ICT International

Advancing soil, plant and environmental decision making

Forest Monitoring Technologies


IoT enabled sensors that measure ecosystem behaviour of both commercial and urban forests are crucial for effective management, Measurement techniques from commercial forestry can be applied to the urban forest equally, providing reliable and robust data for decision making.


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What to measure in a forest

Traditional forest measurement focused on measurement of biomass accumulation (tree growth) for commercial forestry. These same parameters are crucial for the measurement of carbon sequestration, urban forest valuation, ecosystem services provided by forests and selection of appropriate species for future climate scenarios.

Measurements including plant growth and water use, soil moisture and climate. ICT International provide solutions for these measurements with Internet of Things (IoT) connectivity, enabling near real-time relaying of measurements to decision makers.

How to measure the forest

Plant Growth and Plant Water Use:

  1. SFM1x Sap Flow Meter – the SFM1x sap flow sensor measures plant water use, in litres of water used per 10 minutes and per day continuously.
  2. PSY1 Psychrometer – the PSY1 Psychrometer measures Plant Water Potential (water stress) per 20 minutes continuously.
  3. Band Dendrometers – Dendrometers measure the circumference of trees; at a daily measurement these can measure the swelling or shrinkage as the tree undergoes stress. As a longer-term measurement, the increased circumference reflects the tree’s growth and subsequent carbon sequestration.

Soil Measurements

Appropriate soil measurements are important for understanding the influence on tree growth and lifespan, soil moisture is the most common measurement. More detailed measurements such as salinity, soil water potential and soil oxygen content all add value and understanding to the forest manager.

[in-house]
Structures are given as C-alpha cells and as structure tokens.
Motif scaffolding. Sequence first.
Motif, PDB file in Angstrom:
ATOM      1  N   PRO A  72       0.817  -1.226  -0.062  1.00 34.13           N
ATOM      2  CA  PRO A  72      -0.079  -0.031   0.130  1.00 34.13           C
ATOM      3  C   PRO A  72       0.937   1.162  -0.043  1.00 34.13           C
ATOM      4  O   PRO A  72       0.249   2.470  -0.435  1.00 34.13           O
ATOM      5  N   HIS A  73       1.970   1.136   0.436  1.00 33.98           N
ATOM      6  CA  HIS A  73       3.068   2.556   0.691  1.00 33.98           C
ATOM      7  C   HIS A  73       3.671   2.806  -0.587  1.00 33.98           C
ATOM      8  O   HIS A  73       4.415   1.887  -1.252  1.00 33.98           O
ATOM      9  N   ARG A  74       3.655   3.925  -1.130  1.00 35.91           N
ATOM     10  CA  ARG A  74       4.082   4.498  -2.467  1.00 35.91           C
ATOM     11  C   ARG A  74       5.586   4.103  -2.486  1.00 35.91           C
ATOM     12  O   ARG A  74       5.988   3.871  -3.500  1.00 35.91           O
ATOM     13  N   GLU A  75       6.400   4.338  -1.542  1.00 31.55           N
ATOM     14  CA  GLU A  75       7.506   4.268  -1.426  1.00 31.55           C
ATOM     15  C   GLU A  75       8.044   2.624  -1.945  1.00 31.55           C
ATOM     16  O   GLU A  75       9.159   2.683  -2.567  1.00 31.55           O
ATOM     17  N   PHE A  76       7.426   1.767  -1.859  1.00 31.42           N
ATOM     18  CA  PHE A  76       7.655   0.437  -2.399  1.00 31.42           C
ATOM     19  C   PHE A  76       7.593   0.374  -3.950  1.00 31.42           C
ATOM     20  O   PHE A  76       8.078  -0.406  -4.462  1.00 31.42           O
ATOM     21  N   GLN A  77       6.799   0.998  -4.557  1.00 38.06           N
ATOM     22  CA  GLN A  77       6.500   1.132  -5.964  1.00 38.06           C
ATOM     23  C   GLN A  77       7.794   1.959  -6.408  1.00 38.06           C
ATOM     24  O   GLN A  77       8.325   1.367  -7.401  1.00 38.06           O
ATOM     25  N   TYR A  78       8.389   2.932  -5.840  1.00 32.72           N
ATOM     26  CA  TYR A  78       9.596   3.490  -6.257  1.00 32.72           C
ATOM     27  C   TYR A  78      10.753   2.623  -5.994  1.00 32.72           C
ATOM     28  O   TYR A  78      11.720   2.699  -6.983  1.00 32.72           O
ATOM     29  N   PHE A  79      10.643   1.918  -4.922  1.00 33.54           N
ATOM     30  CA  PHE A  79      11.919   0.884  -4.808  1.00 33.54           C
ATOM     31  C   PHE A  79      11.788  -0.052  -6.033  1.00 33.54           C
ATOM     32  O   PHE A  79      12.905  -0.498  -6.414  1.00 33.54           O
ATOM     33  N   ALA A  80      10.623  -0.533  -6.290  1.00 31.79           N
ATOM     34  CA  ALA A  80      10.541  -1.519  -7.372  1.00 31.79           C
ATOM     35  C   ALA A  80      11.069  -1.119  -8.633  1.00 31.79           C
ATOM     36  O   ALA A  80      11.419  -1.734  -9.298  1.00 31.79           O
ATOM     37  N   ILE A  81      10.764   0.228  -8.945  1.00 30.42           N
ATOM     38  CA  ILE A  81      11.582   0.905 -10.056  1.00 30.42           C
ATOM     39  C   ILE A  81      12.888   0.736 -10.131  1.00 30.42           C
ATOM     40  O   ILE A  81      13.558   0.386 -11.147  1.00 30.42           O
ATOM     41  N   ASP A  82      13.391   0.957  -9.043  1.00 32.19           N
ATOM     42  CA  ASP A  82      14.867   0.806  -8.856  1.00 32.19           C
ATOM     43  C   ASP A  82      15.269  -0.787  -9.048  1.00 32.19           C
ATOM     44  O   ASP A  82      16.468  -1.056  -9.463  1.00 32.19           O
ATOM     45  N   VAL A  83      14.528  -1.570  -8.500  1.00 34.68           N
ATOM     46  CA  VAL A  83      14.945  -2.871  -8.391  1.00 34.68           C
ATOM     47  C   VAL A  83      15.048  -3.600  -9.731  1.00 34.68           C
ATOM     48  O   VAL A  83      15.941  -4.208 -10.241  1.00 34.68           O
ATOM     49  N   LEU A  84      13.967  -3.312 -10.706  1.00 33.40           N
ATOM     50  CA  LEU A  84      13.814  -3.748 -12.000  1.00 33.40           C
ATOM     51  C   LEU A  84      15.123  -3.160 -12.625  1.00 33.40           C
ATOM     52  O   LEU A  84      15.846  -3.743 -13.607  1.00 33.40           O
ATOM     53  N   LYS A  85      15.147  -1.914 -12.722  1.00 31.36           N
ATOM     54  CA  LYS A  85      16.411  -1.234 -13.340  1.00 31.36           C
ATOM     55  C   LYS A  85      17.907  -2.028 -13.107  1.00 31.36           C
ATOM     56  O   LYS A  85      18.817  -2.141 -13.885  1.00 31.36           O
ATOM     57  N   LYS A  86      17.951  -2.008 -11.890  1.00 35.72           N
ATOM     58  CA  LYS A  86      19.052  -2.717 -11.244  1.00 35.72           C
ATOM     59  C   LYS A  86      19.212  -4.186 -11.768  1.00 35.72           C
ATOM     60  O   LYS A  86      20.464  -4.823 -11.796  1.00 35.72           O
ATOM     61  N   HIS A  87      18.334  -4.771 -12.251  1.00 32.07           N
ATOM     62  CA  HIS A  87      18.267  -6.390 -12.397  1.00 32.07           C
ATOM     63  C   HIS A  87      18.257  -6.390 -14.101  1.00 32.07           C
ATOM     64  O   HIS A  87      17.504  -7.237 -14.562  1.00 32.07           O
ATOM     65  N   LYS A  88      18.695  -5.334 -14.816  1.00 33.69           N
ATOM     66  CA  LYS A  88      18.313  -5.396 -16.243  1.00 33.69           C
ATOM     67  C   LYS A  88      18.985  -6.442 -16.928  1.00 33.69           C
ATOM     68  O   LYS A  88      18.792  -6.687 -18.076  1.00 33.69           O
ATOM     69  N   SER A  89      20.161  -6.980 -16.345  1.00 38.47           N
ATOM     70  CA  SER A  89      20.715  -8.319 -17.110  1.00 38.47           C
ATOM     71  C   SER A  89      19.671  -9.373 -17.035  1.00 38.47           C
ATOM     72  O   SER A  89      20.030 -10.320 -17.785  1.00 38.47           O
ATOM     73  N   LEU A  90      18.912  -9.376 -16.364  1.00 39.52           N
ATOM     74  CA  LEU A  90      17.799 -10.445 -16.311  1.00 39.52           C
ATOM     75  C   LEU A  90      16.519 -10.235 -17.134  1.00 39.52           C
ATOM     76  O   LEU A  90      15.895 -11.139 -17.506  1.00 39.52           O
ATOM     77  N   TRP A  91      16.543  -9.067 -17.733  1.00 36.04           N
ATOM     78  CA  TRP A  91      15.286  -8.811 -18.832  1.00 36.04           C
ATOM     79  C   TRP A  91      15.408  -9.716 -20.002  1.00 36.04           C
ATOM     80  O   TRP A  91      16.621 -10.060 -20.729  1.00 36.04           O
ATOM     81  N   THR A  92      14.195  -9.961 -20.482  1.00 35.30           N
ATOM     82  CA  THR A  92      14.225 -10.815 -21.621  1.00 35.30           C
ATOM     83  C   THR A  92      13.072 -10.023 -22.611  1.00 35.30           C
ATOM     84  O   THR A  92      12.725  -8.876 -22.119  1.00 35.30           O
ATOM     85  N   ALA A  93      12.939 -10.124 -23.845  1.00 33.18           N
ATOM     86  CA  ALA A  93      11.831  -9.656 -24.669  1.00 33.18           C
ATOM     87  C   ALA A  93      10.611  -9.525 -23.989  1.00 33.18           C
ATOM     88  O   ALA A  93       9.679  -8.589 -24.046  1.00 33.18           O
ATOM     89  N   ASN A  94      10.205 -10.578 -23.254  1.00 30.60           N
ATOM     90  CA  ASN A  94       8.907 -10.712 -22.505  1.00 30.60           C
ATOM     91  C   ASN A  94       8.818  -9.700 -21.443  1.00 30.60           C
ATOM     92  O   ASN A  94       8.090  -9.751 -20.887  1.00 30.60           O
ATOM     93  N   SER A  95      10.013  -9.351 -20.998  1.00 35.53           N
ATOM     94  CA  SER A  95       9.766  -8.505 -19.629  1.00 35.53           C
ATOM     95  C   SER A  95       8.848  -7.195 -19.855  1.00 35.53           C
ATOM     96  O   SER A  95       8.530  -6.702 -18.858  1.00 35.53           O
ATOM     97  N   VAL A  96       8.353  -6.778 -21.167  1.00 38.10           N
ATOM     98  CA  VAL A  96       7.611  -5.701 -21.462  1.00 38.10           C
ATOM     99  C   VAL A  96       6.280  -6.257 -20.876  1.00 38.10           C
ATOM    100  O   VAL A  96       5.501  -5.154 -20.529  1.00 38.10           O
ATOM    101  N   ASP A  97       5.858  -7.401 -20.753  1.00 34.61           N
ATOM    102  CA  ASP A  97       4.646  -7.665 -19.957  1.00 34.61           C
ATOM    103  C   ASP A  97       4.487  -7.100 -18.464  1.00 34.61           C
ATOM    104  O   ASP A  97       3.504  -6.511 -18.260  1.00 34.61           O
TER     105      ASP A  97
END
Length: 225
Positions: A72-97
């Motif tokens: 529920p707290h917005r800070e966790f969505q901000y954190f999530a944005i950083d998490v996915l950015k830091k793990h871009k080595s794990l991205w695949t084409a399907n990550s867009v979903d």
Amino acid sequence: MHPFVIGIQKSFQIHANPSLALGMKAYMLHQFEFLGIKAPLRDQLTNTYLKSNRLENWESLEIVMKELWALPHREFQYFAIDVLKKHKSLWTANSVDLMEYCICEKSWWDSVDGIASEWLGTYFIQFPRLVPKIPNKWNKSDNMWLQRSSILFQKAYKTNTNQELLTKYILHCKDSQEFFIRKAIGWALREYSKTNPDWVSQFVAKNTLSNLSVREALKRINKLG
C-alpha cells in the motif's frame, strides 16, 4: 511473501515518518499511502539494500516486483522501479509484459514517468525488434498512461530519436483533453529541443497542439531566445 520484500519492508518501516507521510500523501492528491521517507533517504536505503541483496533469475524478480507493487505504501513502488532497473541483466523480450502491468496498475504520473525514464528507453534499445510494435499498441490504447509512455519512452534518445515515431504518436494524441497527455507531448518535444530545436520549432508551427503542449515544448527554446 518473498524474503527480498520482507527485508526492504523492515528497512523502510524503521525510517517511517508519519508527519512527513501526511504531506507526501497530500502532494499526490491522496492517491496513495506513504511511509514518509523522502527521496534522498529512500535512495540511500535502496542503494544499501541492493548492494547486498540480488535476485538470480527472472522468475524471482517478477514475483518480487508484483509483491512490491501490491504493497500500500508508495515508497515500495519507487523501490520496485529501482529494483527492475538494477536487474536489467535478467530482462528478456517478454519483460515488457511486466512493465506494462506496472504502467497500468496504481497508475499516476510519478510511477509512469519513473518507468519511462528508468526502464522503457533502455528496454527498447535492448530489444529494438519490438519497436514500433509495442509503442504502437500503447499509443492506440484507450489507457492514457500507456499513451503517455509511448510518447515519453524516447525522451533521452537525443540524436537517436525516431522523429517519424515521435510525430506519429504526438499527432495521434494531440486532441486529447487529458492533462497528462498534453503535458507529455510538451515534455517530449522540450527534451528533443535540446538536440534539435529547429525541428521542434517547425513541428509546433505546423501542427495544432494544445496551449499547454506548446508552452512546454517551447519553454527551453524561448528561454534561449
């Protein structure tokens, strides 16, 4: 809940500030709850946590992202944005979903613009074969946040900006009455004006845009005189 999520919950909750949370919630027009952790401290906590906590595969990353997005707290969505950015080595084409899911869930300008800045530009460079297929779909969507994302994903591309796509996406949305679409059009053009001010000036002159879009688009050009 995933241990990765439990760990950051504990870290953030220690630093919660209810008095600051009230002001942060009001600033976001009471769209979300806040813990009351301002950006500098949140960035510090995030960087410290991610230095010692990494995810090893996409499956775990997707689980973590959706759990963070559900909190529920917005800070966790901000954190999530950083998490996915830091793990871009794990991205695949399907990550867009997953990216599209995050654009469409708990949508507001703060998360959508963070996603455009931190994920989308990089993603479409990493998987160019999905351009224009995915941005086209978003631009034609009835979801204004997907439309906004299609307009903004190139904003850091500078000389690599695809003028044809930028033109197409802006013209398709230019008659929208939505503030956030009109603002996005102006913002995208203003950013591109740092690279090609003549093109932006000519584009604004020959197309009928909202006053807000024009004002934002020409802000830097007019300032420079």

Soil Moisture

Soil moisture is typically measured in a profile of sensors at 6 to 8 depths. This gives an indication of plant water use, rooting depths, infiltration depths, hard layers and changes of rooting pattern over time. Sensors used are typically robust with lifetimes of 10 to 20 years whilst buried, such as the MP406.

Different applications require different sensors; where there is the risk of increased salinity (where runoff in an urban environment may contain increased salt content), capacitance sensors are often used as they can capture the salinity through EC measurements. However, these sensors have a 2 to 3 year life time and as such have limited value in long term monitoring.

Spatial variability in soil moisture in surface soil moisture is often very large in forests. Soil moisture sensors can now be spread spatially at low cost using IoT . Typically, these sensors would be buried at 30 cm depth for long term deployment and may be located near a rain gauge.

Soil water potential

Best measured with either a ceramic, which has limited lifetime, or robust sensors and logging systems with soil water content/soil water potential curve characteristics of the soil being monitored for conversion.

Climate Measurements in the Forest

  1. Solar radiation – energy input to drive evapotranspiration
  2. PAR radiation – photosynthetic active radiation
  3. Temperature
  4. Humidity
  5. Wind Speed
  6. Wind Direction
  7. Rainfall (typically 0.2 mm tip)
  8. Rainfall variability can be large across a forest catchment. Rain gauges can now be spread spatially at low cost using LoRa wireless systems across the catchment